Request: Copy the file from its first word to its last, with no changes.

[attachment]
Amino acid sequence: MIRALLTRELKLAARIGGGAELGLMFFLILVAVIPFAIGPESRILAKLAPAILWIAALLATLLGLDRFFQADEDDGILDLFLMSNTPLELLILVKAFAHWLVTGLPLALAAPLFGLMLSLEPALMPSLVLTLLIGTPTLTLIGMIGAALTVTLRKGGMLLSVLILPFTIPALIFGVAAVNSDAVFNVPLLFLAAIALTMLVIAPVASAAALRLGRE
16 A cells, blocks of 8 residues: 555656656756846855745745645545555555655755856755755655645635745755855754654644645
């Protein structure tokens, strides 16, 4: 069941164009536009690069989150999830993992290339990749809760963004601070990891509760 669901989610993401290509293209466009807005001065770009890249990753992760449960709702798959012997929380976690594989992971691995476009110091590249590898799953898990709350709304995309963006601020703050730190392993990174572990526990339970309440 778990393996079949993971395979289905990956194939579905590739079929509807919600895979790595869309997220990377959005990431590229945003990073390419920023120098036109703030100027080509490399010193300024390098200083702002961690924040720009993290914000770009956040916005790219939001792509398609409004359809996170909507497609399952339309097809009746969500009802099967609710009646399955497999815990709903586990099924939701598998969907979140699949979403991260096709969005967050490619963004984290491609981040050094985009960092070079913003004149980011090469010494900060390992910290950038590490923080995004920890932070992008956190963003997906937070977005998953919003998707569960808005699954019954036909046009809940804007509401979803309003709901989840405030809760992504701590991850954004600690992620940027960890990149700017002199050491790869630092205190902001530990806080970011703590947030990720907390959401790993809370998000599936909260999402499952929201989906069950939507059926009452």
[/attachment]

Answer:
Amino acid sequence: MIRALLTRELKLAARIGGGAELGLMFFLILVAVIPFAIGPESRILAKLAPAILWIAALLATLLGLDRFFQADEDDGILDLFLMSNTPLELLILVKAFAHWLVTGLPLALAAPLFGLMLSLEPALMPSLVLTLLIGTPTLTLIGMIGAALTVTLRKGGMLLSVLILPFTIPALIFGVAAVNSDAVFNVPLLFLAAIALTMLVIAPVASAAALRLGRE
16 A cells, blocks of 8 residues: 555656656756846855745745645545555555655755856755755655645635745755855754654644645
């Protein structure tokens, strides 16, 4: 069941164009536009690069989150999830993992290339990749809760963004601070990891509760 669901989610993401290509293209466009807005001065770009890249990753992760449960709702798959012997929380976690594989992971691995476009110091590249590898799953898990709350709304995309963006601020703050730190392993990174572990526990339970309440 778990393996079949993971395979289905990956194939579905590739079929509807919600895979790595869309997220990377959005990431590229945003990073390419920023120098036109703030100027080509490399010193300024390098200083702002961690924040720009993290914000770009956040916005790219939001792509398609409004359809996170909507497609399952339309097809009746969500009802099967609710009646399955497999815990709903586990099924939701598998969907979140699949979403991260096709969005967050490619963004984290491609981040050094985009960092070079913003004149980011090469010494900060390992910290950038590490923080995004920890932070992008956190963003997906937070977005998953919003998707569960808005699954019954036909046009809940804007509401979803309003709901989840405030809760992504701590991850954004600690992620940027960890990149700017002199050491790869630092205190902001530990806080970011703590947030990720907390959401790993809370998000599936909260999402499952929201989906069950939507059926009452």